You have a job now, but times being as they are, you may one day find yourself without it. The time to prepare for—and hopefully prevent—that scenario is while you’re still employed. Here are four things to do now that will benefit you if you ever lose your job.
When hiring employees, negligent hiring practices can doom the process. Learn from your colleagues’ successes – and avoid their pitfalls.
Smart interview questions, well-written job descriptions, and sharp interviewing result in hiring employees that work out well, AND make you look good in the process.
In what could be a groundbreaking case, the National Labor Relations Board filed an unfair labor practice complaint last month against a Connecticut company that fired a worker who complained about her supervisor on Facebook. This is the first case in which the NLRB has argued that workers’ criticisms on social networking sites are protected activity.
After months of relative inaction in the 111th Congress in the run-up to last November’s elections, the busy end-of-year “lame duck” session saw Senate confirmation of President Obama’s appointments to the EEOC: Chair Jacqueline Berrien, Commissioners Chai Feldblum and Victoria Lipnic and General Counsel P. David Lopez.
As an HR pro, you may have had to guide managers through tough decisions about which functions, jobs and people must be preserved as your organization digs in to survive tough economic times. Don’t neglect your own department!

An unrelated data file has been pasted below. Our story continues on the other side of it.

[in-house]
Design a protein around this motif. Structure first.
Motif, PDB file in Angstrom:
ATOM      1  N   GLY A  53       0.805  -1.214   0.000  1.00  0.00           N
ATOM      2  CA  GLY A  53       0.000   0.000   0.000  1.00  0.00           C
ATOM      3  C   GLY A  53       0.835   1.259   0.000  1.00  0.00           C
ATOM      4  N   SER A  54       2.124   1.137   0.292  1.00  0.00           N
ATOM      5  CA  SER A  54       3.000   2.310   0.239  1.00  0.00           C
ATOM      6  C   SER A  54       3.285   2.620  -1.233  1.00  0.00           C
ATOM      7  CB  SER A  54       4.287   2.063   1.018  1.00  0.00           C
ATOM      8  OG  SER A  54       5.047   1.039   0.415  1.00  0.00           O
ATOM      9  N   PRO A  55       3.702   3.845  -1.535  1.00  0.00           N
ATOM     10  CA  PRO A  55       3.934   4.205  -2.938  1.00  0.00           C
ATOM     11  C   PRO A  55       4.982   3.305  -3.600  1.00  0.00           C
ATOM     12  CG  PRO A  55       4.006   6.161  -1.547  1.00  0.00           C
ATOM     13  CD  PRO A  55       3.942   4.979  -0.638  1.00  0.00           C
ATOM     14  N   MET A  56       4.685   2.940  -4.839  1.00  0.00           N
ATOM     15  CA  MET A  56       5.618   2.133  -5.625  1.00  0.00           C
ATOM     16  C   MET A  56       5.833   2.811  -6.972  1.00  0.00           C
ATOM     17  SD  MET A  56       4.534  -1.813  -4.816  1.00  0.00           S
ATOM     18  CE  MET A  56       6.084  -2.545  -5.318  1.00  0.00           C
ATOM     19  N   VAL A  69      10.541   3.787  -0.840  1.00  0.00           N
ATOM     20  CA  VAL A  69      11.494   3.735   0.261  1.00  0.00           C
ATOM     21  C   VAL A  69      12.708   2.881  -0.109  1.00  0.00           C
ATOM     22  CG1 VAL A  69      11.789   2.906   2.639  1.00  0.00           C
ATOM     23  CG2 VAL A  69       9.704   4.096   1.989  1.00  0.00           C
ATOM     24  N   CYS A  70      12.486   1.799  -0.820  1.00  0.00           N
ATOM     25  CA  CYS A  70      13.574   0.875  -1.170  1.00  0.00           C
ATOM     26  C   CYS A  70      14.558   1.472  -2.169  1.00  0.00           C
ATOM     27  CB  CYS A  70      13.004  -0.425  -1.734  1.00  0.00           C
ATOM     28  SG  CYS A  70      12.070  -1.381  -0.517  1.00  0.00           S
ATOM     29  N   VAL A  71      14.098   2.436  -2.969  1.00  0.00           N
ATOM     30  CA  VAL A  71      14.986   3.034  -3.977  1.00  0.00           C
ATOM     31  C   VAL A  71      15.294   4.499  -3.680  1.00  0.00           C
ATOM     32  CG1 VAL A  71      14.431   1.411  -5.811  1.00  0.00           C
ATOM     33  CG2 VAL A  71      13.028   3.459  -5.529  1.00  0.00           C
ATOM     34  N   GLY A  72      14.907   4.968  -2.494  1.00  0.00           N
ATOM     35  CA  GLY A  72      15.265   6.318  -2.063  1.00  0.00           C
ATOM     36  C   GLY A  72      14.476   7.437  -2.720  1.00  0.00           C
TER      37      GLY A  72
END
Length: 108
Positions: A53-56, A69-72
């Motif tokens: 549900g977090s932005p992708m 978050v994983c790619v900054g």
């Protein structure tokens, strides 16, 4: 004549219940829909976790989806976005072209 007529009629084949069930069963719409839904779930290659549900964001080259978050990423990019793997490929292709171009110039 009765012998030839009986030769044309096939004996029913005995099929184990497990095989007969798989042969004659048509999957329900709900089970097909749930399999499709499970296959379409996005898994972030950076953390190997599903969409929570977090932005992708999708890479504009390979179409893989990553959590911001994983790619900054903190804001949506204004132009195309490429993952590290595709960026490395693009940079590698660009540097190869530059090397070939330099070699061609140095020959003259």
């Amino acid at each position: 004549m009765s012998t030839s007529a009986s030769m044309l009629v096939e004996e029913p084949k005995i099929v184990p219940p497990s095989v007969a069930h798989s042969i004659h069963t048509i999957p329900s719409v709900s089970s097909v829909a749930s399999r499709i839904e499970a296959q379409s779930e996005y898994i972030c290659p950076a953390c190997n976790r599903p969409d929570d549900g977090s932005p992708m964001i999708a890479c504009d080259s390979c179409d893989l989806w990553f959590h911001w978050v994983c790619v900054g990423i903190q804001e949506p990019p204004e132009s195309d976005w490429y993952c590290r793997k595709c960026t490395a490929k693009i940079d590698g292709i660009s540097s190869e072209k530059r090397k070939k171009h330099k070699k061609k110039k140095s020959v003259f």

Employee drug abuse continues to be the trend that just won’t go away. And it’s not just illegal drugs causing problems these days. Quest Diagnostics estimates that the use of prescription painkillers by American workers and job applicants has increased by 40% since 2005. More than 70% of prescription drug abusers hold jobs, upping the risk of work-related injuries.
The EEOC has filed suit against Kaplan Higher Education Corp., alleging its use of credit histories to screen job applicants has a disparate impact on blacks. The credit histories aren’t necessary, the EEOC says, and don’t predict whether the applicant will perform the job well. Kaplan has defended the practice as a way to protect the company against potential fraud and theft.
Retail managers are generally responsible for everything that happens in their stores. But they often spend most of their time doing the same work that hourly employees do. Even so, they may qualify as exempt employees under the FLSA. It’s the quality of the management work they do that counts, not the number of hours they spend doing it.